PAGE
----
Hypovitaminosis D and 'functional hypoparathyroidism'-the NoNoF (Nottingham Neck of Femur) study

Age Ageing. 2001 Nov;30(6):467-72. doi: 10.1093/ageing/30.6.467.


Background: calcium and vitamin D deficiency are common in elderly people and lead to increased bone loss, with an enhanced risk of osteoporotic fractures. Although hip fractures are a serious consequence, few therapeutic measures are given for primary or secondary prevention. A combination of calcium and vitamin D may not be the most effective treatment for all patients.

Objective: to investigate the effects of hypovitaminosis D on the calcium-parathyroid hormone endocrine axis, bone mineral density and fracture type, and the optimal role of combination calcium and vitamin D therapy after hip fracture in elderly patients.

Design: a population-based, prospective cohort study.

Methods: 150 elderly subjects were recruited from the fast-track orthogeriatric rehabilitation ward within 7 days of surgery for hip fracture. This ward accepts people who live at home and are independent in activities of daily living. All subjects had a baseline medical examination, biochemical tests (parathyroid hormone, 25-hydroxyvitamin D and 1,25-dihydroxyvitamin D) and were referred for bone densitometry.

Results: at 68%, the prevalence of hypovitaminosis D (25-hydroxyvitamin D<30 nmol/l) was high. However, only half the patients had evidence of secondary hyperparathyroidism, the rest having a low to normal level of parathyroid hormone ('functional hypoparathyroidism'). Patients with secondary hyperparathyroidism and hypovitaminosis D had a higher mean corrected calcium, higher 1,25-dihydroxyvitamin D, lower hip bone mineral density and an excess of extracapsular over intracapsular fractures than the 'functional hypoparathyroid' group (P<0.01).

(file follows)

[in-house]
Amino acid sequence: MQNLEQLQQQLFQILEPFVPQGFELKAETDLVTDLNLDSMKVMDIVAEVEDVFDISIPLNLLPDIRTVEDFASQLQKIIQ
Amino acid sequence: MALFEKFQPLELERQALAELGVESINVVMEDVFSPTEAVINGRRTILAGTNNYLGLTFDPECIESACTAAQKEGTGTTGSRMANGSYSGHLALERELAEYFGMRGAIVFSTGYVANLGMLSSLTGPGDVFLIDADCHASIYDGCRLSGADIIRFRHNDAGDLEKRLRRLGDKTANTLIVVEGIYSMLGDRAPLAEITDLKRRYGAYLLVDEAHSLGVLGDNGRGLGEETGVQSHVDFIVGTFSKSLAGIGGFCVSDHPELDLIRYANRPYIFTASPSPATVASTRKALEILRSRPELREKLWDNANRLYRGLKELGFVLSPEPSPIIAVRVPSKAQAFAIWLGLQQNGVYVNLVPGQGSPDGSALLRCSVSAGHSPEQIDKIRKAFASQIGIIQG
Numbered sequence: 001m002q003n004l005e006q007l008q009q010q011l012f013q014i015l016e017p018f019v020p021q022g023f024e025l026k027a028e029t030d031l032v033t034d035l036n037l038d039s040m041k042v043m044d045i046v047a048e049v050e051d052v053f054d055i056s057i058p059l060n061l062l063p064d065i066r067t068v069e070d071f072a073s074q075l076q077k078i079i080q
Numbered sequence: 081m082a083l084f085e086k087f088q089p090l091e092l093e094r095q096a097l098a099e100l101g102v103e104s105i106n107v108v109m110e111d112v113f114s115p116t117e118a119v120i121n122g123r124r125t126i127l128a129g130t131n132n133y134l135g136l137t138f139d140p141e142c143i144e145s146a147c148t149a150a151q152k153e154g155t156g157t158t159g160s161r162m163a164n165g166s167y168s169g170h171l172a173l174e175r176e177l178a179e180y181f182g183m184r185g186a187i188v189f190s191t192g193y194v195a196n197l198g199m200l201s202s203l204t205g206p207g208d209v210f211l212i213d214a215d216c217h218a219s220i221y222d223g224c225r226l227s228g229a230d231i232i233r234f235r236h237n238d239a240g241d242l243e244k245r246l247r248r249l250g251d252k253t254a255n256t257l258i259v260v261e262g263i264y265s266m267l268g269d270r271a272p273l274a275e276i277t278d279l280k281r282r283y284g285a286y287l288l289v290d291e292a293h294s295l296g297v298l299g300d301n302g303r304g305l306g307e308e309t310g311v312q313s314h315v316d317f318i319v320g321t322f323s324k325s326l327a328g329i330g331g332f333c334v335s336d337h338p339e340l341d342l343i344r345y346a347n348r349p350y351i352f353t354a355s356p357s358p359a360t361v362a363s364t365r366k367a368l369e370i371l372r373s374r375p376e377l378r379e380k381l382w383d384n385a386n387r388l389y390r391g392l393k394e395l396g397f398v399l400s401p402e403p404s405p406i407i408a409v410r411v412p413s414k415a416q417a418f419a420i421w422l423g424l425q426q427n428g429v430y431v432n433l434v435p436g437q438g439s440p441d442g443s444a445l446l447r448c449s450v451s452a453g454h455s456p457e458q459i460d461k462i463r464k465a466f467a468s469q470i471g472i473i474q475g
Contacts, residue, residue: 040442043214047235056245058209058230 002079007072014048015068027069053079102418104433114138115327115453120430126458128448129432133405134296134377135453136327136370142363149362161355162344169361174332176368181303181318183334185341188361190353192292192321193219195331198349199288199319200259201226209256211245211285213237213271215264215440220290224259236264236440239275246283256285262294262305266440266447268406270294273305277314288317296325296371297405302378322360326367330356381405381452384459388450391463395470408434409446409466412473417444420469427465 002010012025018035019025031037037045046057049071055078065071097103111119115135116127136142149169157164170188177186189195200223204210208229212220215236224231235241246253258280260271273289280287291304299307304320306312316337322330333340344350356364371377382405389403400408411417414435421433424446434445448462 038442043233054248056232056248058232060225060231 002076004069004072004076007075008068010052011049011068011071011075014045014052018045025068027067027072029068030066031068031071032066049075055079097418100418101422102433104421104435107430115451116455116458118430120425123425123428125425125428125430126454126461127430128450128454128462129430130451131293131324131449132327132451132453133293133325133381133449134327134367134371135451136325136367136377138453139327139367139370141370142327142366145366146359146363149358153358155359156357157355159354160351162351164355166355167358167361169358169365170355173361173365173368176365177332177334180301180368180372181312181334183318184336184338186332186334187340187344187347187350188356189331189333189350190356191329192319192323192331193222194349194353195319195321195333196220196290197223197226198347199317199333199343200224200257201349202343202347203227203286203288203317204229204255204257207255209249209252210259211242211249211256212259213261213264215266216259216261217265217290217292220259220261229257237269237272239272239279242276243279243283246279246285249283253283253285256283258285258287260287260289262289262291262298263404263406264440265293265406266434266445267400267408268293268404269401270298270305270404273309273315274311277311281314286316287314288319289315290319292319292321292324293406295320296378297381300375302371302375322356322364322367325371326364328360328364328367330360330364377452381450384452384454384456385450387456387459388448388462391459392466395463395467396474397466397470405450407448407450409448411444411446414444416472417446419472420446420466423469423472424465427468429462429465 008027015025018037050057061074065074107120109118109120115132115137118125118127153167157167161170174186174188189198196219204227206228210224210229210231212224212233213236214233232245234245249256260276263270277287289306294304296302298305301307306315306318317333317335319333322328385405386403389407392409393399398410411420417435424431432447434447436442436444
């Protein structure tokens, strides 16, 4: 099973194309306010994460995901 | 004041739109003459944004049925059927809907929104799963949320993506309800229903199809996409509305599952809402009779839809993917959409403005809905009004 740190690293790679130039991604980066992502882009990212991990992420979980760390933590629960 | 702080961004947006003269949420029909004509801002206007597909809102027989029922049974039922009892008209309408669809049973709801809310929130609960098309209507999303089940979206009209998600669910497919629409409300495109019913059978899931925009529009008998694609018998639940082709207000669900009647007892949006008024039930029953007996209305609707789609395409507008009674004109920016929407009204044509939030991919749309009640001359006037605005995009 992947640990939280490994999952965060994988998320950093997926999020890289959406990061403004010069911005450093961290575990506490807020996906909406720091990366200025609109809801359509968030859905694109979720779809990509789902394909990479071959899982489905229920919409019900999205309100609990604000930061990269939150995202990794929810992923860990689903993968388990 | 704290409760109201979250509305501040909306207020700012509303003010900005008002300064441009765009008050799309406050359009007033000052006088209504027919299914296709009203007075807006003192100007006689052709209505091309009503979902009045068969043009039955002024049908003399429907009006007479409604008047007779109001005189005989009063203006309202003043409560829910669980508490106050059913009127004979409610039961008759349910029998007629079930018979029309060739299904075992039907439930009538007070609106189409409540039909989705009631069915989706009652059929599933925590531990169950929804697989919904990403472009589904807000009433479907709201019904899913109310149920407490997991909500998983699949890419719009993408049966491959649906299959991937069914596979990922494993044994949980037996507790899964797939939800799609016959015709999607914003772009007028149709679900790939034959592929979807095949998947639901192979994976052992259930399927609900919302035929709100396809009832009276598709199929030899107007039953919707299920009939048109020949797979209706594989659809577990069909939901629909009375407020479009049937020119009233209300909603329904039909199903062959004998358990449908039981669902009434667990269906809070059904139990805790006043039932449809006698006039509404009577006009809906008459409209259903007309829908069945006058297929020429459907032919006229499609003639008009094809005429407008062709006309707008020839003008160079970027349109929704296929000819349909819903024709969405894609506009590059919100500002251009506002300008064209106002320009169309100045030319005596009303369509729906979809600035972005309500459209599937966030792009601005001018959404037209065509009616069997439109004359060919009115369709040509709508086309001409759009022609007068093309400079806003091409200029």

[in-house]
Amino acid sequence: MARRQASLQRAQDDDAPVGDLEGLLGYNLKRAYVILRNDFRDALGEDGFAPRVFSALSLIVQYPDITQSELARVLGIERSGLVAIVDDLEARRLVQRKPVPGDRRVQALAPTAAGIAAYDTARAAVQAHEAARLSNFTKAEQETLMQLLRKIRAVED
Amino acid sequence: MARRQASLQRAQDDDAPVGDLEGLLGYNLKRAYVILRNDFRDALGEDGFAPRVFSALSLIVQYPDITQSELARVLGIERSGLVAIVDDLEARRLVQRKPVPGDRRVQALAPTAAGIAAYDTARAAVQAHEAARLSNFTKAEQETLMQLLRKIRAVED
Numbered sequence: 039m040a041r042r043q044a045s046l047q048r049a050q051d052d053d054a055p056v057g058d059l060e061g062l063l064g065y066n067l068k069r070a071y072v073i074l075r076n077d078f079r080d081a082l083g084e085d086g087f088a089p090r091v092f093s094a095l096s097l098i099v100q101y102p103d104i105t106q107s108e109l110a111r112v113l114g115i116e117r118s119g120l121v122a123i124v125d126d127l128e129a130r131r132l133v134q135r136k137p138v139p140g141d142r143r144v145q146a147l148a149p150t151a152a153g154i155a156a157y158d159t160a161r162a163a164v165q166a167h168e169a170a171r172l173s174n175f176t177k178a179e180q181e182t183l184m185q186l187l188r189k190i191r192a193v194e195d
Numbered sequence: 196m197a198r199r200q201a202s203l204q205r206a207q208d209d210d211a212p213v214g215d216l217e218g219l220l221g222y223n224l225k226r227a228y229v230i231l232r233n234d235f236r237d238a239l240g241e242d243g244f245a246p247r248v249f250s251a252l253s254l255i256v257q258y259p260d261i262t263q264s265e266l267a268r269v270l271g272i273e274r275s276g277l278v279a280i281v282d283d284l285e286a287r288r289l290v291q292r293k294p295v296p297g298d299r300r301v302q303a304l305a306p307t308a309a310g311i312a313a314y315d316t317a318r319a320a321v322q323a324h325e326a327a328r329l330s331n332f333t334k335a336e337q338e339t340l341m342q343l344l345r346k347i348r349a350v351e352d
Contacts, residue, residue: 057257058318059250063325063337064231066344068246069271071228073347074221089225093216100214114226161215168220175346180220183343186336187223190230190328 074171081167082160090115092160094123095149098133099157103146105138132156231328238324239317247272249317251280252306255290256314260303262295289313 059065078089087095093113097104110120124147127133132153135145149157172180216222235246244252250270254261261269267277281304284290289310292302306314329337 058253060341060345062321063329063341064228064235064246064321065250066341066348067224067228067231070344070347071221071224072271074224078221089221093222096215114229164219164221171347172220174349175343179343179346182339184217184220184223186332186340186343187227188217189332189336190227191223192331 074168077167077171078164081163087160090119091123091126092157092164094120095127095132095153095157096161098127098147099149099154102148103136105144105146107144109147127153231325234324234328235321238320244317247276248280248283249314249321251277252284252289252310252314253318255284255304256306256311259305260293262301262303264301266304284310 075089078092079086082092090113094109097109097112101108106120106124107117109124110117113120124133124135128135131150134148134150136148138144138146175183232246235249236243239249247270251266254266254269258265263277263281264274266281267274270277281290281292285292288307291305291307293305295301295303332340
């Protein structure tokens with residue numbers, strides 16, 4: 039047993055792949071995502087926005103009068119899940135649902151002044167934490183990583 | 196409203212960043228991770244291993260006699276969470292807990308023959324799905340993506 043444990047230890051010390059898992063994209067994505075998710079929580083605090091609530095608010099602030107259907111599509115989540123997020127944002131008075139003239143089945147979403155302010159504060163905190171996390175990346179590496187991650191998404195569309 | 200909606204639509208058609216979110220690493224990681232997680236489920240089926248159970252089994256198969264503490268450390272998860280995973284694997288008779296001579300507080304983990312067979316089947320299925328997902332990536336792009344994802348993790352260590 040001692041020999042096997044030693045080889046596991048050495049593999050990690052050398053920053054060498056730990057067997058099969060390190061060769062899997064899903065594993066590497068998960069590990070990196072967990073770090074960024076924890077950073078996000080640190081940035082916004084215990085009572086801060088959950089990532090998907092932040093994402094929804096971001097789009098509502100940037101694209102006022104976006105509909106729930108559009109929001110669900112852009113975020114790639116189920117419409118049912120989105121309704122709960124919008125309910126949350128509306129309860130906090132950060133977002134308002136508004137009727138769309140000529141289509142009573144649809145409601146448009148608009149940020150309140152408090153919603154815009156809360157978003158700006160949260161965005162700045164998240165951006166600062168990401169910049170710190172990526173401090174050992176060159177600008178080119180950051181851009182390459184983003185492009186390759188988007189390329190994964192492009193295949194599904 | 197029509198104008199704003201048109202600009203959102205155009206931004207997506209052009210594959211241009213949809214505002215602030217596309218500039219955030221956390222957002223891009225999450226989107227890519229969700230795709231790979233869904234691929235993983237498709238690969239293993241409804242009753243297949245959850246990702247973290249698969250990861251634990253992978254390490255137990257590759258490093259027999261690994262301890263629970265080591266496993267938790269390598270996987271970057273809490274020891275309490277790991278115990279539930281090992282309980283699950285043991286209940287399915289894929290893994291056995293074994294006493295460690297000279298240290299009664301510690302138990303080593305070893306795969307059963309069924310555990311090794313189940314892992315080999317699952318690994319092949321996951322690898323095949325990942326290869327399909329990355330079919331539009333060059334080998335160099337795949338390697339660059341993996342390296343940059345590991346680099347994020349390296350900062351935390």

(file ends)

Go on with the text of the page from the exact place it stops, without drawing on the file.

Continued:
Conclusion: there is a high prevalence of hypovitaminosis D in active, elderly people living at home who present with a hip fracture. However, secondary hyperparathyroidism occurs in only half of these patients. This subgroup attempts to maintain calcium homeostasis but does so at the expense of increased bone turnover, leading to amplified hip bone loss and an excess of extracapsular over intracapsular fractures. Combination calcium and vitamin D treatment may be effective in preventing a second hip fracture in these patients, but its role in patients with hypovitaminosis D without secondary hyperparathyroidism and 'vitamin D-replete' subjects needs further evaluation.

MeSH terms

  • Aged
  • Aged, 80 and over
  • Bone Density
  • Calcium / metabolism
  • Femur Neck / physiopathology
  • Hip Fractures / classification
  • Hip Fractures / metabolism*
  • Hip Fractures / physiopathology
  • Humans
  • Hypoparathyroidism / metabolism*
  • Hypoparathyroidism / physiopathology
  • Lumbar Vertebrae / physiopathology
  • Parathyroid Hormone / metabolism
  • Prevalence
  • Prospective Studies
  • United Kingdom / epidemiology
  • Vitamin D / analogs & derivatives*
  • Vitamin D / metabolism
  • Vitamin D Deficiency / epidemiology
  • Vitamin D Deficiency / metabolism*
  • Vitamin D Deficiency / physiopathology


  • Parathyroid Hormone
  • Vitamin D
  • 1,25-dihydroxyvitamin D
  • 25-hydroxyvitamin D
  • Calcium